The Boston Globe recently had an interesting article on some possible downsides of societal diversity, which have been uncomfortably quantified by Robert Putnam, a political scientist at Harvard. Putnam has found that:
…the greater the diversity in a community, the fewer people vote and the less they volunteer, the less they give to charity and work on community projects. In the most diverse communities, neighbors trust one another about half as much as they do in the most homogenous settings. The study, the largest ever on civic engagement in America, found that virtually all measures of civic health are lower in more diverse settings.
“The extent of the effect is shocking,” says Scott Page, a University of Michigan political scientist.
The basic moral of the research is that diversity makes people uncomfortable, which isn’t exactly a shocking revelation. That said, the benefits of diversity certainly outweigh the negatives. This, at least, is one of the epic themes of Darwinian evolution. It’s a cliche to talk about the illiberal or politically incorrect truths of evolution (competition is brutal, not everybody is genetically equal, etc.), but we tend to pay less attention to one of Darwin’s most reassuring conjectures, which is that progress – at least in the Darwinian sense – is inevitably entwined with the preservation of our differences. As Darwin observed in The Origin of Species, “The more diversified the descendants from any one species become in structure, constitution and habits, by so much will they be better enabled to seize on many and widely diversified places in the polity of nature.”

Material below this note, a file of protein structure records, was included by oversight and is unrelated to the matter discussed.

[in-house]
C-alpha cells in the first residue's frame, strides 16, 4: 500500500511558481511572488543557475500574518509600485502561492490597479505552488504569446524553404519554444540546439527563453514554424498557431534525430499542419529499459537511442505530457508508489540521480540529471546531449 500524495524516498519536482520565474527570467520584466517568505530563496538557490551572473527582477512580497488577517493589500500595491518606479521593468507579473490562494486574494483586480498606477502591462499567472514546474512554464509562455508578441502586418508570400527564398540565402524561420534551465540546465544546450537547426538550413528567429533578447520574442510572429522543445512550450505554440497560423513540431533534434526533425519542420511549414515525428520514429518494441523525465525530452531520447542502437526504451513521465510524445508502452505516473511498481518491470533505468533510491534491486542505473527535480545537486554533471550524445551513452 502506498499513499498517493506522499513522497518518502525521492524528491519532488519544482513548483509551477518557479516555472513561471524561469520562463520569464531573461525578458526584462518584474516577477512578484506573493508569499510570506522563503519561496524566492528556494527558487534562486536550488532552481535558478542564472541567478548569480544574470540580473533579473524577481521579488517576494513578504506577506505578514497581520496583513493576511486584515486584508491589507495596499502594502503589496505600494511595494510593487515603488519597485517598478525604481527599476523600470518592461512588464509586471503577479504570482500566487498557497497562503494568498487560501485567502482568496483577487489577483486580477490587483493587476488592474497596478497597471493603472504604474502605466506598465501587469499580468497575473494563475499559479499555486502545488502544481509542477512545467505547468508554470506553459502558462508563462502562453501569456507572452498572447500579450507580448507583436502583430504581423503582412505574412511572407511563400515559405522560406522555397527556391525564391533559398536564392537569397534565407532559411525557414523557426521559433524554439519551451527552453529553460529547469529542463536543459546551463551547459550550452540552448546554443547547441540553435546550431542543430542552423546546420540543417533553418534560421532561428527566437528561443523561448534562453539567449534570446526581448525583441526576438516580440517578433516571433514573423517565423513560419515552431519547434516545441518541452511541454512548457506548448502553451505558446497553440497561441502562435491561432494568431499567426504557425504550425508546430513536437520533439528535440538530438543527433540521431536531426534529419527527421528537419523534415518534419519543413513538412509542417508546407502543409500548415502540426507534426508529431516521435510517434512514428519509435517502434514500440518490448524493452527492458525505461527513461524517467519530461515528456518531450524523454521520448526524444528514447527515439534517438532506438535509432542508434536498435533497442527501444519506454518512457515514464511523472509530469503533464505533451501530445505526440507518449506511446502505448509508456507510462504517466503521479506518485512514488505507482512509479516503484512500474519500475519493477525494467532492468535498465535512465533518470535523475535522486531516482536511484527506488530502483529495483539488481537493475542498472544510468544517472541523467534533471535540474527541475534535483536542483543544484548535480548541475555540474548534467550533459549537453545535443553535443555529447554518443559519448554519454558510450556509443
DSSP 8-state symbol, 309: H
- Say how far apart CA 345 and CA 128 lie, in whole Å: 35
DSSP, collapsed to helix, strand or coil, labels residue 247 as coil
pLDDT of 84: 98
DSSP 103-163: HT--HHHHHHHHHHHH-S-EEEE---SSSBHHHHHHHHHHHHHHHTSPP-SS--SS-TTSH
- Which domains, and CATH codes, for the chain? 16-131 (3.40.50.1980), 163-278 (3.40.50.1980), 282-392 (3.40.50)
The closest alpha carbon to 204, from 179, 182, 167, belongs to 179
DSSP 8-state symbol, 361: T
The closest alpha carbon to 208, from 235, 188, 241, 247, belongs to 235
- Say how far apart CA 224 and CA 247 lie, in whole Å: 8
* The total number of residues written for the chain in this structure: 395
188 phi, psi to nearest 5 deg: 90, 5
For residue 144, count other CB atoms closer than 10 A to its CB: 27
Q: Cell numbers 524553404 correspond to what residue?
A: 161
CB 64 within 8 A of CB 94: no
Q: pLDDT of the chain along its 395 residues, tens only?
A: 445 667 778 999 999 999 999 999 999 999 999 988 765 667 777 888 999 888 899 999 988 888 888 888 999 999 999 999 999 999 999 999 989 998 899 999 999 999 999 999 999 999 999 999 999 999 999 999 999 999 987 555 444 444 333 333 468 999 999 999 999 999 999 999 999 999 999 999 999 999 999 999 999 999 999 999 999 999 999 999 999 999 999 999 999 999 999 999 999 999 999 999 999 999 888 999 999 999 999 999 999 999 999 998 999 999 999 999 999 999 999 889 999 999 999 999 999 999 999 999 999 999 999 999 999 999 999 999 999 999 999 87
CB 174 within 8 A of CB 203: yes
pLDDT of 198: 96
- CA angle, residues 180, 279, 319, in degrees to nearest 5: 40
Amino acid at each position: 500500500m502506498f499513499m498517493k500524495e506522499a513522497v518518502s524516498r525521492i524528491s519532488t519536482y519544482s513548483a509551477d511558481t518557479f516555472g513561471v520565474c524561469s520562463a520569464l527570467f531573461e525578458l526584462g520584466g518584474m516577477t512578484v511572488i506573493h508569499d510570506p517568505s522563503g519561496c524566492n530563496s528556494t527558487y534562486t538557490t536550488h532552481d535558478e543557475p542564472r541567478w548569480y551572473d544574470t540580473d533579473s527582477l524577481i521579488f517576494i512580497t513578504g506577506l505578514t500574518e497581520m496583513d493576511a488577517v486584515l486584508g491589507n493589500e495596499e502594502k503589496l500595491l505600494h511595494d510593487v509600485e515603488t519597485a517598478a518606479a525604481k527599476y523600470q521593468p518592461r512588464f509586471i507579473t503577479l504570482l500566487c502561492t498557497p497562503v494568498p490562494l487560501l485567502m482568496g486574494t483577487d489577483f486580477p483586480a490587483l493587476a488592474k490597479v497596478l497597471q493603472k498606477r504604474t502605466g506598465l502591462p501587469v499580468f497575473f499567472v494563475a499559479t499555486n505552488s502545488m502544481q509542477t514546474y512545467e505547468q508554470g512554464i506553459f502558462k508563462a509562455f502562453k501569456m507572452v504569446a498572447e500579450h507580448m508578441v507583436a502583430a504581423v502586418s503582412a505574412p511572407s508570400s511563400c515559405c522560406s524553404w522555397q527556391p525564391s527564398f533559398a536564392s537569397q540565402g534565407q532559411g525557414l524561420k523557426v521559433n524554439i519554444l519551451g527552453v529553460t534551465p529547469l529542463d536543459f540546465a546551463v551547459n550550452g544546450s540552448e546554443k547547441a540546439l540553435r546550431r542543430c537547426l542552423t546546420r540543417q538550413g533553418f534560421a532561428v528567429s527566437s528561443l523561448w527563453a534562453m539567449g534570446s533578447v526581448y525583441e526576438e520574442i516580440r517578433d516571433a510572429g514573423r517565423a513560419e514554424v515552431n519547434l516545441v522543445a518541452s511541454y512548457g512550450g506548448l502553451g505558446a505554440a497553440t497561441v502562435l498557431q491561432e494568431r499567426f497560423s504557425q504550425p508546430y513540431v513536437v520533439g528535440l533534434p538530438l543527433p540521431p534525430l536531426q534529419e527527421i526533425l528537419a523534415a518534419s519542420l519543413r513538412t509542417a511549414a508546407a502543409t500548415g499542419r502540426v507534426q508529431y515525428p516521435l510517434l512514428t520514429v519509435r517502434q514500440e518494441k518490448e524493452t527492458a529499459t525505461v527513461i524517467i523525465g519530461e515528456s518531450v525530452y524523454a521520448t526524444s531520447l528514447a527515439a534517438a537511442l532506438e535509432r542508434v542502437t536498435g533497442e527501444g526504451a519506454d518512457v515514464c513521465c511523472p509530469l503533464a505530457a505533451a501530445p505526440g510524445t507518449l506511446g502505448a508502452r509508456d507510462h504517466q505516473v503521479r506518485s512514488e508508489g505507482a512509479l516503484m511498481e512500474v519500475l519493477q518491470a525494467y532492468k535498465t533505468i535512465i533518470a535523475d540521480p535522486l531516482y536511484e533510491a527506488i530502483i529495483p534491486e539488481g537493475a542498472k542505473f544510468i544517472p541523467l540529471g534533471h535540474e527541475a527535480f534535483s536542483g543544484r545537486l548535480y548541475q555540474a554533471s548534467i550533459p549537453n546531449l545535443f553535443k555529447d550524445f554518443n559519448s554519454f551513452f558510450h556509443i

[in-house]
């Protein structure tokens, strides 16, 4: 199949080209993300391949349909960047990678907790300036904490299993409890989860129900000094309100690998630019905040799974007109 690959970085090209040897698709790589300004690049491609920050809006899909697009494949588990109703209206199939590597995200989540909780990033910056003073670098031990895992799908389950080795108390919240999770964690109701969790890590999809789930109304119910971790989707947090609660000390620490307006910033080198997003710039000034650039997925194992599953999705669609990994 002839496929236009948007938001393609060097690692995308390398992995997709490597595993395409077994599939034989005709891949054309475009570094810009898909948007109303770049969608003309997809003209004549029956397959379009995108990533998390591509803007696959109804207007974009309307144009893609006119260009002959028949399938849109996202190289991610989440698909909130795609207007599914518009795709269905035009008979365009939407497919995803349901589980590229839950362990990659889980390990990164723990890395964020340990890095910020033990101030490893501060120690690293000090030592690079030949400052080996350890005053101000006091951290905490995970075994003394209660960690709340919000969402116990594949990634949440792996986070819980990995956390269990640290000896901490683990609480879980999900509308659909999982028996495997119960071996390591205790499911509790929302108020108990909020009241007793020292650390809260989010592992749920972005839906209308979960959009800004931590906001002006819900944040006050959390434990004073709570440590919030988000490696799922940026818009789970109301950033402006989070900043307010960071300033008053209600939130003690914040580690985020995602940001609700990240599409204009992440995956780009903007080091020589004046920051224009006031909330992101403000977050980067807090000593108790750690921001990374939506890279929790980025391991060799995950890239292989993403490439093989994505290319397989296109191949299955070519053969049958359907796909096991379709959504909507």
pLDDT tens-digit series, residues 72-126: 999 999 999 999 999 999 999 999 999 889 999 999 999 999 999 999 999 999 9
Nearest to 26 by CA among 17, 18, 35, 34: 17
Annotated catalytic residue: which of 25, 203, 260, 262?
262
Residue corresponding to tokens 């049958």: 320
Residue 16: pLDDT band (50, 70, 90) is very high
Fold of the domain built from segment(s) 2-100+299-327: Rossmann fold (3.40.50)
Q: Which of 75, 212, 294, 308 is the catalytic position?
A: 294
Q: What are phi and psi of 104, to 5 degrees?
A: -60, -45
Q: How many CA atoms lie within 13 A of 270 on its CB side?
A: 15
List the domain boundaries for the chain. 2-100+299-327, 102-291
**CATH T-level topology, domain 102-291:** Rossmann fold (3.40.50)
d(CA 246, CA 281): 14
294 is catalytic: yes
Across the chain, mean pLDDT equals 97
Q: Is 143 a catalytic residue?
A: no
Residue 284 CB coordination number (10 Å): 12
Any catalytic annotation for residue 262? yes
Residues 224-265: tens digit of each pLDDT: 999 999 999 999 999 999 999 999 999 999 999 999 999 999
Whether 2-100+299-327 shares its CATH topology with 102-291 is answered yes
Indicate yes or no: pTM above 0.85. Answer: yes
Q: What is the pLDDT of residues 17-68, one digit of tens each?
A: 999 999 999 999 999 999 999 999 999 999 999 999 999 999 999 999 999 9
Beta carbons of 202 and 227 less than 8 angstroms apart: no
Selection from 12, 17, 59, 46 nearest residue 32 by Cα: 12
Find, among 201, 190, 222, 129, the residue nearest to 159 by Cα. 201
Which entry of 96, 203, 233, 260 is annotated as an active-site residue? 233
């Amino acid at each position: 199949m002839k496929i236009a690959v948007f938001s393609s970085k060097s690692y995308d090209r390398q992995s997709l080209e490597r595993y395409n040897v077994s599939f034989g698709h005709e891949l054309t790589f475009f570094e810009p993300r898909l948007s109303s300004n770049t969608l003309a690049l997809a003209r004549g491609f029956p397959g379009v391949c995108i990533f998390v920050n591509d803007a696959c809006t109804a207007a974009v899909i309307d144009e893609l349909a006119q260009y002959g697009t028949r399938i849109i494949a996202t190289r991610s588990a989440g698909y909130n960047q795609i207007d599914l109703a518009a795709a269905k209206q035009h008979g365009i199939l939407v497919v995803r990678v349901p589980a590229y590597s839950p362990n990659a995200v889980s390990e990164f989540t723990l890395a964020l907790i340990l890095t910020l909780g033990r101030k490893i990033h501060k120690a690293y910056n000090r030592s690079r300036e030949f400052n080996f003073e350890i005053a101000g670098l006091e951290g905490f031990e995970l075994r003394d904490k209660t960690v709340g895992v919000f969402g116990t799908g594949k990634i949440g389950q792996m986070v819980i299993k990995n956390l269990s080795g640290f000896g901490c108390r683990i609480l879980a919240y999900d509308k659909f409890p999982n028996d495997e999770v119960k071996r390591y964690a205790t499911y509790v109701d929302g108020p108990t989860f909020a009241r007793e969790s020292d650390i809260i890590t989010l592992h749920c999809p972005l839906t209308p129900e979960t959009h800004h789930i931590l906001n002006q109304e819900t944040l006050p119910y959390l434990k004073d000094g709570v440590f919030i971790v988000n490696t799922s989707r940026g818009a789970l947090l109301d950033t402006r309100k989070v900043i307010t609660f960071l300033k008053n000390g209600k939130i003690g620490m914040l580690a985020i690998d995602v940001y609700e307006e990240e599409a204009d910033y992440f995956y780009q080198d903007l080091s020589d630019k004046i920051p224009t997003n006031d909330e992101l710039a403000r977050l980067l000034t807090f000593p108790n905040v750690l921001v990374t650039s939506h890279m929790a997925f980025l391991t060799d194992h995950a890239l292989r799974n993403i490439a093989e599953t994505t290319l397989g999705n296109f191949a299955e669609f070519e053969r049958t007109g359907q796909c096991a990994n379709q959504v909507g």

I have a feeling Darwin would have celebrated the diversity of America.